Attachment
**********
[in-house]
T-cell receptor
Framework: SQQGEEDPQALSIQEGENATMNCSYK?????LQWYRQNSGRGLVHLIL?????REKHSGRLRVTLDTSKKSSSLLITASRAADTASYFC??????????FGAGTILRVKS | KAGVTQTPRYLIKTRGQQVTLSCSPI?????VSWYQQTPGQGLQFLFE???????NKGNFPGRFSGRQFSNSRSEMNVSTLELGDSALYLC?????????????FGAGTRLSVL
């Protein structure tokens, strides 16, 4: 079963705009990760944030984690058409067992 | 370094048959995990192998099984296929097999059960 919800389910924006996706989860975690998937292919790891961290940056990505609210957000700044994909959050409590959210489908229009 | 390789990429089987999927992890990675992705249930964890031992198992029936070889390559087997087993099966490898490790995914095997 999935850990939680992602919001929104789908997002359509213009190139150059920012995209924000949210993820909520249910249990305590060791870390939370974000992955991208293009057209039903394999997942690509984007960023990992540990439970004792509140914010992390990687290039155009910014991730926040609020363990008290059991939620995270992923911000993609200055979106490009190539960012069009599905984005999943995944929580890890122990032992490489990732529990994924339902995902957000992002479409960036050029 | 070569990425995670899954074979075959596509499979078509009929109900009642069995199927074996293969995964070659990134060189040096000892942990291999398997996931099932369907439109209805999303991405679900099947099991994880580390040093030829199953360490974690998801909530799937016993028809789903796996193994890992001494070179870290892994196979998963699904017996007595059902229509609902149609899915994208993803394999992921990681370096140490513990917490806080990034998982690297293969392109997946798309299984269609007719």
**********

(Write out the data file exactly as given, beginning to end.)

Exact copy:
[in-house]
T-cell receptor
Framework: SQQGEEDPQALSIQEGENATMNCSYK?????LQWYRQNSGRGLVHLIL?????REKHSGRLRVTLDTSKKSSSLLITASRAADTASYFC??????????FGAGTILRVKS | KAGVTQTPRYLIKTRGQQVTLSCSPI?????VSWYQQTPGQGLQFLFE???????NKGNFPGRFSGRQFSNSRSEMNVSTLELGDSALYLC?????????????FGAGTRLSVL
């Protein structure tokens, strides 16, 4: 079963705009990760944030984690058409067992 | 370094048959995990192998099984296929097999059960 919800389910924006996706989860975690998937292919790891961290940056990505609210957000700044994909959050409590959210489908229009 | 390789990429089987999927992890990675992705249930964890031992198992029936070889390559087997087993099966490898490790995914095997 999935850990939680992602919001929104789908997002359509213009190139150059920012995209924000949210993820909520249910249990305590060791870390939370974000992955991208293009057209039903394999997942690509984007960023990992540990439970004792509140914010992390990687290039155009910014991730926040609020363990008290059991939620995270992923911000993609200055979106490009190539960012069009599905984005999943995944929580890890122990032992490489990732529990994924339902995902957000992002479409960036050029 | 070569990425995670899954074979075959596509499979078509009929109900009642069995199927074996293969995964070659990134060189040096000892942990291999398997996931099932369907439109209805999303991405679900099947099991994880580390040093030829199953360490974690998801909530799937016993028809789903796996193994890992001494070179870290892994196979998963699904017996007595059902229509609902149609899915994208993803394999992921990681370096140490513990917490806080990034998982690297293969392109997946798309299984269609007719």